My 6-year-old son has to make sure all of the stuffed animals at the foot of his bed are laying face-down before he can go to sleep. Some people believe that this may be a sign of some sort of mental dysfunction. I think it’s kind of cute.
A lot of diagnosis has been done on the poor kid by the adults in his life. Each time I speak with a medical professional, teacher or daycare provider about him I’m compelled to run Internet searches on illnesses I can’t spell, pronounce or even conceive. When I try to sell my own theory that he is simply “spirited” nobody seems convinced.
Whatever his ailment, adults seem to be either endeared to him or extremely annoyed by him. It’s the latter I have trouble accepting. Not that I don’t understand that he can certainly push buttons with his incessant talk about video games or television programs, his constant need to be first in line, or his fits of anger that can trigger an otherwise reasonable adult to go completely insane. Trust me, I know how this can happen. It’s just that you would think adults would be better actors.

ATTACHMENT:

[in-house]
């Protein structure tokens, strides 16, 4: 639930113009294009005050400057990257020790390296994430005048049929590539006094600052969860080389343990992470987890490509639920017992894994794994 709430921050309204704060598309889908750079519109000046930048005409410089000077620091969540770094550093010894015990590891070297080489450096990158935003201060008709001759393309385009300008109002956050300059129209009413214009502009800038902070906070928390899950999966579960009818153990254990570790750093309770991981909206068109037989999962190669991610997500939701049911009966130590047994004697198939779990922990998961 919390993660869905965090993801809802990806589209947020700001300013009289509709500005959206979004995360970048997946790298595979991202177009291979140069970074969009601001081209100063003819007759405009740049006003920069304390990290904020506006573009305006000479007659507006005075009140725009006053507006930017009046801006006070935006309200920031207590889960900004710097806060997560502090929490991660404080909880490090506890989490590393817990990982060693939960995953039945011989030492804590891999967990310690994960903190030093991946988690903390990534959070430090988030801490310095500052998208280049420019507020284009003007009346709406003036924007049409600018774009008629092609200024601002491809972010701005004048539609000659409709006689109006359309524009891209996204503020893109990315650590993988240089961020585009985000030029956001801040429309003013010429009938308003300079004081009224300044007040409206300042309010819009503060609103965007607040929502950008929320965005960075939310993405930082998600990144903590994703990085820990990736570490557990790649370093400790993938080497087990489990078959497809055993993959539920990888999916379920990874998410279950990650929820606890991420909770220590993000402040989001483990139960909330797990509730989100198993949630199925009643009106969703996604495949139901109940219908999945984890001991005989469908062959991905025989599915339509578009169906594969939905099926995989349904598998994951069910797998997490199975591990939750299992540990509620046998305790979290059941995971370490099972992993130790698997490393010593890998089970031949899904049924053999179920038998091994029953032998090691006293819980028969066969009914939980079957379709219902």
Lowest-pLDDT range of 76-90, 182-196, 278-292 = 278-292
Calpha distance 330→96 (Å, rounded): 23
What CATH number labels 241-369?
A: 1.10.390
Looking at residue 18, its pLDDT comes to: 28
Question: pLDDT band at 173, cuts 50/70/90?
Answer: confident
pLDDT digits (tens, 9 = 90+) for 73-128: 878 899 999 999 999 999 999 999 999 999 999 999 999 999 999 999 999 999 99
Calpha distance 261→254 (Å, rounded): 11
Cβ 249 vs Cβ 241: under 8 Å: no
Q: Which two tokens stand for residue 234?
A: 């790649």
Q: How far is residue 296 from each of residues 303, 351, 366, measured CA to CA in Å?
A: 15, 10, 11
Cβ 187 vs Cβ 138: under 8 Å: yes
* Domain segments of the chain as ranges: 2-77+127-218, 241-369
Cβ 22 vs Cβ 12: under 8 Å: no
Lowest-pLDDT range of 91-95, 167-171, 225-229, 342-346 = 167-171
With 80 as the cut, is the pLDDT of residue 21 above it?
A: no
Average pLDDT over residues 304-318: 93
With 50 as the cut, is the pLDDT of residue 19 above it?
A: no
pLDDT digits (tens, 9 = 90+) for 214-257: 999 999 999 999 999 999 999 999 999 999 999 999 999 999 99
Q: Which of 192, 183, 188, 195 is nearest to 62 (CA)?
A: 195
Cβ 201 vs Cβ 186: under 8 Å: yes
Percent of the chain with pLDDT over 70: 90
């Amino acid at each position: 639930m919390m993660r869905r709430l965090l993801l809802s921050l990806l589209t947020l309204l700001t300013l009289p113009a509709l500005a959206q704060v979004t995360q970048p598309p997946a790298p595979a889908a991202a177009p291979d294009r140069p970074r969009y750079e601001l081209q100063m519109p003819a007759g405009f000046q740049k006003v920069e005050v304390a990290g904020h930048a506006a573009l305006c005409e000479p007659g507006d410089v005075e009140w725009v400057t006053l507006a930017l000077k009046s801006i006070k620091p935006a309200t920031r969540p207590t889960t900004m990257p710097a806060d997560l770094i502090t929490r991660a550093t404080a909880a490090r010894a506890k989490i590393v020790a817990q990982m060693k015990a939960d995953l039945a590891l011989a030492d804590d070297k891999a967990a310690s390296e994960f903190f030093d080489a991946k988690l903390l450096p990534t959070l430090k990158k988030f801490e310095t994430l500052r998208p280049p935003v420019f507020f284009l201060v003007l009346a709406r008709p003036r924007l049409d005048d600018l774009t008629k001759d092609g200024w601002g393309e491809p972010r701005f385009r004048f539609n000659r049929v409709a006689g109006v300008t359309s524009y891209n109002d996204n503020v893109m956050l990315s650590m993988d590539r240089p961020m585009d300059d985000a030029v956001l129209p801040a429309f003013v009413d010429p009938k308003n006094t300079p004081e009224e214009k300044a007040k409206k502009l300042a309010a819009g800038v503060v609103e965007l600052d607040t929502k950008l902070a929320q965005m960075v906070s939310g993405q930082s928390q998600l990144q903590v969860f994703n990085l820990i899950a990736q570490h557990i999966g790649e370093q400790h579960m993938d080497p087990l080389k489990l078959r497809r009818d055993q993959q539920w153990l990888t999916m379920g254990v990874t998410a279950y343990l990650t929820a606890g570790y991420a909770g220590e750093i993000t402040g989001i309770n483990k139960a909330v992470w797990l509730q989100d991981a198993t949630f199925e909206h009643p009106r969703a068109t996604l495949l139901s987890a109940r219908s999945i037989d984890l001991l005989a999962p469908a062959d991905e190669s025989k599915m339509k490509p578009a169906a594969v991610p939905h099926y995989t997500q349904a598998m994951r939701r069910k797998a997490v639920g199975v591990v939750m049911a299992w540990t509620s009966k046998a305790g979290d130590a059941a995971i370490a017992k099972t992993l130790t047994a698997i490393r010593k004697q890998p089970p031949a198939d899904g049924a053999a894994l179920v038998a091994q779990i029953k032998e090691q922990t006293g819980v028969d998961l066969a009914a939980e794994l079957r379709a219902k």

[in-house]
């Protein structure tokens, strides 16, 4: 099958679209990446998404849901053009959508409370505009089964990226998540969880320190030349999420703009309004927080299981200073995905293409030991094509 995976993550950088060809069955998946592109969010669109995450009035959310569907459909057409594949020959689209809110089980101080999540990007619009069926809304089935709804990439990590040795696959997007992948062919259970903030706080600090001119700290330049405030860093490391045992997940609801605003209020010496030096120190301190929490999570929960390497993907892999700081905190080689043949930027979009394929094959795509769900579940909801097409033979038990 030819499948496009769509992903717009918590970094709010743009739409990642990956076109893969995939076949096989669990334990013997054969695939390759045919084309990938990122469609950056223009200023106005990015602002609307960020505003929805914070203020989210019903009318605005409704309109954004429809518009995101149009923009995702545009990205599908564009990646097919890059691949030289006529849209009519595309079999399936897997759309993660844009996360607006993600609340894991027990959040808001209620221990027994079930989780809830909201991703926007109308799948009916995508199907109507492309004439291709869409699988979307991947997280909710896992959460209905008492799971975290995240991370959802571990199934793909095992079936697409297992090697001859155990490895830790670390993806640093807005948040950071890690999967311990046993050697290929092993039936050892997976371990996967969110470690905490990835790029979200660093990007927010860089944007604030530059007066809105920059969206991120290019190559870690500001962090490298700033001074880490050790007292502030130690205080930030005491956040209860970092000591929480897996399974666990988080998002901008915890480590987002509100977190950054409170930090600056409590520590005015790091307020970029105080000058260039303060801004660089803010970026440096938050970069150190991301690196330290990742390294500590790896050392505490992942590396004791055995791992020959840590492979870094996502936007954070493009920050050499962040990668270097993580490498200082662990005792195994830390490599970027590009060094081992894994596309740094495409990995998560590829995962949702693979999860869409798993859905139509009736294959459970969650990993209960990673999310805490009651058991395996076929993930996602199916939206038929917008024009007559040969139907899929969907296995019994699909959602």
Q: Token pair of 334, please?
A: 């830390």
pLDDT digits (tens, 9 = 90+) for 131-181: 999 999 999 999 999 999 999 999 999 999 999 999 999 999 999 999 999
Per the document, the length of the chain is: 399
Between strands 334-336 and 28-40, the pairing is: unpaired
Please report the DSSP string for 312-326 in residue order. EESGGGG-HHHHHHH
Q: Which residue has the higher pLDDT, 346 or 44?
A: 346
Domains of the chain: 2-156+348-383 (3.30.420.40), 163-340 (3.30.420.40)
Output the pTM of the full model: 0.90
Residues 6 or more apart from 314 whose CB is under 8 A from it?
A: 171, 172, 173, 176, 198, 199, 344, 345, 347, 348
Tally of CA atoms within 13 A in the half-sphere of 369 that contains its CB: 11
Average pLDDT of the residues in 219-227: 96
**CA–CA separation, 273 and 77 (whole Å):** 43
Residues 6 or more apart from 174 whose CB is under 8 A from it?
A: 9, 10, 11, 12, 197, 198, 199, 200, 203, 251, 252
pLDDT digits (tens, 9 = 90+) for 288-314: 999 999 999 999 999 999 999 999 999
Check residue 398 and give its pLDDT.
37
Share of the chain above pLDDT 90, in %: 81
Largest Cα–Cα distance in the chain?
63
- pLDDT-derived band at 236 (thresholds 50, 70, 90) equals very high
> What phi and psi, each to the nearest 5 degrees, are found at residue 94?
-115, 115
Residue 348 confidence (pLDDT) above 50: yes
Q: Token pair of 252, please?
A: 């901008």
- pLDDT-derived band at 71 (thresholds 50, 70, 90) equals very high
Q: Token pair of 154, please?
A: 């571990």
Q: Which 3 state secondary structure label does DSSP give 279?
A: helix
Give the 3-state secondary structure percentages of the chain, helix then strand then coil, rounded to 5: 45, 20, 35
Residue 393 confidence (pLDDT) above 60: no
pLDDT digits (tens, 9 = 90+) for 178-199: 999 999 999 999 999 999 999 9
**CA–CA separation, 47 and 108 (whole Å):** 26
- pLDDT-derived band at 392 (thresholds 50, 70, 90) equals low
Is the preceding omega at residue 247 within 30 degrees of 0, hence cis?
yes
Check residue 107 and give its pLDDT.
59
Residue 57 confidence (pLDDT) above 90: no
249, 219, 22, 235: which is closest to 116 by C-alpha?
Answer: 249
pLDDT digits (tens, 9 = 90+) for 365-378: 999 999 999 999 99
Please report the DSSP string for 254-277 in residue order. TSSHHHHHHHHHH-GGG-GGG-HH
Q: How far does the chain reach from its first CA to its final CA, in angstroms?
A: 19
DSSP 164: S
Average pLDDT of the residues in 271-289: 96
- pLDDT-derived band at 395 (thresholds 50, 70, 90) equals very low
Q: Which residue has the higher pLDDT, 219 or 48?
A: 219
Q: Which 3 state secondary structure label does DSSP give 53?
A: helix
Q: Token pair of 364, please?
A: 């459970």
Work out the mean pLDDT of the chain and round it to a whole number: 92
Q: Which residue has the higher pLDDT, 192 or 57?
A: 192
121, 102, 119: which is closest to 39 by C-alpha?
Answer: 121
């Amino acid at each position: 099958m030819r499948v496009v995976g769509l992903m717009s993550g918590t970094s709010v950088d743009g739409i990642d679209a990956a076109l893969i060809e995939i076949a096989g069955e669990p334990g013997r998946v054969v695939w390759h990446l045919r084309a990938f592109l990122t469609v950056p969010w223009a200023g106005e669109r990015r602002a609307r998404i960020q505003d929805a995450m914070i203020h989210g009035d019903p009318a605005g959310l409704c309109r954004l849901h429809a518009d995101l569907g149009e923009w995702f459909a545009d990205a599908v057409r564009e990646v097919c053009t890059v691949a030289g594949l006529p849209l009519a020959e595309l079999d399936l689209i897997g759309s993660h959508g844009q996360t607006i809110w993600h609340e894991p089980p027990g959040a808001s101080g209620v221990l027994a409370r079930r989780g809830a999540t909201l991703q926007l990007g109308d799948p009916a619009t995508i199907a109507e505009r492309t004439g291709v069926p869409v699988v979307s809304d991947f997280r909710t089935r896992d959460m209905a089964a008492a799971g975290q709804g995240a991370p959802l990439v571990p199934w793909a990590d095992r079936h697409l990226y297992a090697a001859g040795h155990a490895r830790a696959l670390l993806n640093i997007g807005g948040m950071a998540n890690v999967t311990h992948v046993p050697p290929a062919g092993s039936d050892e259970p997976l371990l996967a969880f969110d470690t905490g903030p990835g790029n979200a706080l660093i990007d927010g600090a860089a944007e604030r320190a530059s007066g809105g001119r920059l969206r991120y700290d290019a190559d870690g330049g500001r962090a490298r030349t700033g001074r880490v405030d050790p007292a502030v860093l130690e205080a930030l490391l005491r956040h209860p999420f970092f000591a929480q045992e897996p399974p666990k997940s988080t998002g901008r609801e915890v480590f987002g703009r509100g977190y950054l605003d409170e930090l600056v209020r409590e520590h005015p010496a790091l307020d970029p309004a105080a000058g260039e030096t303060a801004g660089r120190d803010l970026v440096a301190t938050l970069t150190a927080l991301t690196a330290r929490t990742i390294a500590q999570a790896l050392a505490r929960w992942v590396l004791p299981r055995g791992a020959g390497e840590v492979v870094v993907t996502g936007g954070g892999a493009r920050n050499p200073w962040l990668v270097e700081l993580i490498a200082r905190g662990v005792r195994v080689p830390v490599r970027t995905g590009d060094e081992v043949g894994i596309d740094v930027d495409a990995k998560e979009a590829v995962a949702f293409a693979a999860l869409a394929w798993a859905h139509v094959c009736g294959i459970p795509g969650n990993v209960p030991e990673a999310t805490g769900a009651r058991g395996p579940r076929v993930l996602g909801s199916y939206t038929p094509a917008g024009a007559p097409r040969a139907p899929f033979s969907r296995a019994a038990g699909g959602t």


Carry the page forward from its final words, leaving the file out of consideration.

A swim instructor who sighs when she realizes he’s in her class. A day care worker who rolls her eyes when she sees him walk through the door. A family member who likes to describe him as “weird”. Many people can’t even say his name without an echo. It’s repeated three times in a downward fashion and is usually accompanied by a shake of the head. Jack-Jack-Jack.
It doesn’t phase him one bit, yet. But I’m afraid for when it finally does sink in. There’s even a part of me that secretly hopes whatever his ailment is will protect him from noticing the behavior of these few adults in his life.
He’s only 6 years old. I believe he has plenty of time for us to figure out what type of help he needs – if any. Some day he will learn how to turn his quirks into more-socially acceptable traits prompting those adults who shake their head at him now to recant, “Boy, he really turned out alright.”
They just don’t see it yet.
I see it. I see his fits of anger as a response to his perceived injustice. I see his need to be first as a sign of leadership. And I see his constant chatter about the things that he loves so much as passion. He has all the right tools to be a pillar of society. It’s just a little misdirected right now.
No matter how challenging a day we might have, I know how it will end. I’ll help him place his stuffed animals face-down on his bed and he will give me one of those bone-crushing bear hugs goodnight. As I kiss him on the forehead I will remind myself:
“I believe my son is going to turn out just fine.”
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